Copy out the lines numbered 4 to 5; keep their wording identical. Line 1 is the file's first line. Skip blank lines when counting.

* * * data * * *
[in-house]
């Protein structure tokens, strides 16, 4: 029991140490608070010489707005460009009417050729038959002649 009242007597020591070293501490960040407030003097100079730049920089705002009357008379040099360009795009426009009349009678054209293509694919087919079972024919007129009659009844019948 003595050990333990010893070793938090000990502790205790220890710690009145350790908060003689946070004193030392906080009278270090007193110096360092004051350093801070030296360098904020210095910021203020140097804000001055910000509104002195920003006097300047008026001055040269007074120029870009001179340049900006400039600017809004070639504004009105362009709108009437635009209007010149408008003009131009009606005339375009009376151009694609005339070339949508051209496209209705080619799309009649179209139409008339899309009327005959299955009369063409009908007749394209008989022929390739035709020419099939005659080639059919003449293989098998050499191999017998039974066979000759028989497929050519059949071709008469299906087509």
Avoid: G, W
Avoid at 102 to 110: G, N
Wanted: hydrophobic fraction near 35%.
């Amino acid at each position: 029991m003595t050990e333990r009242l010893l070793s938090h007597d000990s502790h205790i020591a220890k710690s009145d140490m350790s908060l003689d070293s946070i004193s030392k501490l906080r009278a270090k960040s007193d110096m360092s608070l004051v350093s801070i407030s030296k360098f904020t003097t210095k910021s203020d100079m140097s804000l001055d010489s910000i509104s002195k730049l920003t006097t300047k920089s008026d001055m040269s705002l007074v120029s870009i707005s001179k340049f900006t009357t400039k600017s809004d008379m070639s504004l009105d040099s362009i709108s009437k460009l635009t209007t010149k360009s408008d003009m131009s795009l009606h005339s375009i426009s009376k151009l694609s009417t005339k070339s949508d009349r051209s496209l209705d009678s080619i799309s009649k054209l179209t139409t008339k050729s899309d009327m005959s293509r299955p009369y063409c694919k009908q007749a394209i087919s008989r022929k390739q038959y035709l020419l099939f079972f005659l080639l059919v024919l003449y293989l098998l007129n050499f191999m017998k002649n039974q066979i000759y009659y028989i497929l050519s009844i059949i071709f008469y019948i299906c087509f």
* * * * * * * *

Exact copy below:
Avoid at 102 to 110: G, N
Wanted: hydrophobic fraction near 35%.